Between January and July 2018, ERM undertook structured interviews with safety functional leaders (72% global directors of safety, VPs or higher) from organisations who employ a total of 6.8 million employees and with combined revenues of $4.3trn. All were key decision makers, and most brought a global perspective from their roles and their organisations. Most of the organisations were multinationals with substantial employee and contractor bases located across multiple countries.
A number of insights emerged. However, perhaps most crucially, it was that the best outcomes will be achieved not by doing more on safety but by extracting more value from established processes and programmes, and that the engagement of leaders at all organisational levels on the frontline is the key to improving safety culture and performance.
The nine key findings are as follows:
Stakeholder expectations are rising. Interviewees expressed a near unanimous view that stakeholder expectations for improved safety performance will increase in all sectors and across all continents over the next three years.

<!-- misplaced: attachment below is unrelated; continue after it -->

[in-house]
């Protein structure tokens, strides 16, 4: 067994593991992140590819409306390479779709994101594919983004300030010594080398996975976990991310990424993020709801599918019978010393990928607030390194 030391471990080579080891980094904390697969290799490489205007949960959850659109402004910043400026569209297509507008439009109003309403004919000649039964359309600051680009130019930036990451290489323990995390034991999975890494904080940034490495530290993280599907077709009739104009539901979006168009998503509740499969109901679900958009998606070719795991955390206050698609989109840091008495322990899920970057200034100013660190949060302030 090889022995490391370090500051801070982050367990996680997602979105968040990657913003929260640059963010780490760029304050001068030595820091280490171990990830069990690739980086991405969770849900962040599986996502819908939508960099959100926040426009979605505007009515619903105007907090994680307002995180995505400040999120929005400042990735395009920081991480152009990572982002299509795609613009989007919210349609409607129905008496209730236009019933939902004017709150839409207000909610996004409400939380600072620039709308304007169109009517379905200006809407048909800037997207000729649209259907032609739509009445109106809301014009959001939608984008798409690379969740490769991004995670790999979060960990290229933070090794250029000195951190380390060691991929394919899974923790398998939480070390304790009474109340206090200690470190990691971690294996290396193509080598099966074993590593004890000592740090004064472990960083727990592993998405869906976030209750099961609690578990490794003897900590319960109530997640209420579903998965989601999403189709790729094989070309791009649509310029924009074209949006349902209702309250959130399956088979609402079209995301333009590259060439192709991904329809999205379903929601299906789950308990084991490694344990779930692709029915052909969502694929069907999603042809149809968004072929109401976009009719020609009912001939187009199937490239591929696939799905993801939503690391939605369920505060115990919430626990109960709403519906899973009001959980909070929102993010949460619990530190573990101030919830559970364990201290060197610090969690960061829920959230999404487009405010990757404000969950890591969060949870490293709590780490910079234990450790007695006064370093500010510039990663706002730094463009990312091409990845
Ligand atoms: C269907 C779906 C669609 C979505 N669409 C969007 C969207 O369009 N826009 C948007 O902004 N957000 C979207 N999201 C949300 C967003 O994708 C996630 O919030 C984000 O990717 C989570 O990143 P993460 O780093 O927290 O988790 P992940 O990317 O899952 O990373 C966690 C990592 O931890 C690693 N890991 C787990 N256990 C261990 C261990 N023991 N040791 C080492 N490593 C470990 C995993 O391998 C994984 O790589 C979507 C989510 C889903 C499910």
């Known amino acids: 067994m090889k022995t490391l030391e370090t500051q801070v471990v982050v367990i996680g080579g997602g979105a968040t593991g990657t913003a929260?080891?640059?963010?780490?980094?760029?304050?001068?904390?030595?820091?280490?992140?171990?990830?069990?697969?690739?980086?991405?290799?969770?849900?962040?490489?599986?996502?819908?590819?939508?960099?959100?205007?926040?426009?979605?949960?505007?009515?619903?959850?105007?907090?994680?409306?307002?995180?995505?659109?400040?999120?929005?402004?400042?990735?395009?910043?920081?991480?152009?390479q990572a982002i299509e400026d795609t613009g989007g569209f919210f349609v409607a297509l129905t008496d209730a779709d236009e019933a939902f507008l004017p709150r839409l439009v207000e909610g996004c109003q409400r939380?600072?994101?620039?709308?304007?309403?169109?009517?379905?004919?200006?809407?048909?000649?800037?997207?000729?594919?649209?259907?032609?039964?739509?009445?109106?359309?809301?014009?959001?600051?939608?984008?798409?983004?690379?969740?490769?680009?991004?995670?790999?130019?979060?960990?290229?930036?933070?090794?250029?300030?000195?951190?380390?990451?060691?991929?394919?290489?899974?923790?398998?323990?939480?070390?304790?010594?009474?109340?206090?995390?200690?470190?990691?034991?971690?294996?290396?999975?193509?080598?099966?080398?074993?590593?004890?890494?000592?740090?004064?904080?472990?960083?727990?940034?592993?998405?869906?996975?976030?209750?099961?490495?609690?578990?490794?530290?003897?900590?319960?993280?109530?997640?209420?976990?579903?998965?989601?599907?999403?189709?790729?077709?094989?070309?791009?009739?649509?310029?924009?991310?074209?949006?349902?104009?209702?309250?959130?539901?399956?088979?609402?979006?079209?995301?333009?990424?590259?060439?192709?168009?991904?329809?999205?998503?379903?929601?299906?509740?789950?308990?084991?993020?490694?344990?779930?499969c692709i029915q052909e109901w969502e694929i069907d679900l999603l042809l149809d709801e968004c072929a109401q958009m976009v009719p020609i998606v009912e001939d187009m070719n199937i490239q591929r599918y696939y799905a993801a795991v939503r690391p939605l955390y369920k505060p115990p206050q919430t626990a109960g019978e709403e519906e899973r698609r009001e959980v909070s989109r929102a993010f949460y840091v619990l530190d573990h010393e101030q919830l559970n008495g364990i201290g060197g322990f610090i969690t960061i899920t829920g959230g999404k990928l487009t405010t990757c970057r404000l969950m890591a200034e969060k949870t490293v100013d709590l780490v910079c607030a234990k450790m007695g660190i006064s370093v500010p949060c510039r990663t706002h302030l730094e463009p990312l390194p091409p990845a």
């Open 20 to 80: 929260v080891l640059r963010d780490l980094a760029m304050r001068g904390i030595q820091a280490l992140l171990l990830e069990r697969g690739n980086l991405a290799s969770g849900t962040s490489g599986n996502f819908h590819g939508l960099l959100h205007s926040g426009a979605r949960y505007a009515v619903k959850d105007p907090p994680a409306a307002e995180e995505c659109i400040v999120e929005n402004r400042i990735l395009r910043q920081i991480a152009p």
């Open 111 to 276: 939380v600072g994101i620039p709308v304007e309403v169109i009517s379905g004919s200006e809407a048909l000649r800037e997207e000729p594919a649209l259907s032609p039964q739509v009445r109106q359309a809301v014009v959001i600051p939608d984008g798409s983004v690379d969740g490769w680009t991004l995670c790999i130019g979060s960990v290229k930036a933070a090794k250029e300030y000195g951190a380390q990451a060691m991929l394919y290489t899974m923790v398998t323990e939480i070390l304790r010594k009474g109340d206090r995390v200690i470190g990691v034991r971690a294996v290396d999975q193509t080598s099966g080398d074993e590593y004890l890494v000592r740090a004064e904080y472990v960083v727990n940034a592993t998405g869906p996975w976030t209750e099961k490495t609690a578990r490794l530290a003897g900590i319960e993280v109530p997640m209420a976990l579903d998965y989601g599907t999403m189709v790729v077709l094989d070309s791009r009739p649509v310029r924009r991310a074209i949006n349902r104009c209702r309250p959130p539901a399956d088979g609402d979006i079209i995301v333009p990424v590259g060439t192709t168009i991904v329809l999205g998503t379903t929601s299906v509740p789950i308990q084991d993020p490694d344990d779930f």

Companies are increasing their investment. Predictably, given the increased pressure and scrutiny from stakeholders, the survey found that respondents have ratcheted up their efforts to enhance their safety culture and performance in recent years. The vast majority of organisations are also planning to increase their investment over the next three years.
Significant cultural and performance challenges remain. Despite organisations increasing their level of effort on safety and most reporting improved performance, the majority are dissatisfied with both their safety culture and performance.
Risk continues to shift to contractors, who are harder to manage. Organisations are relying more and more on contractors, who often perform more hazardous activities and are more challenging to manage.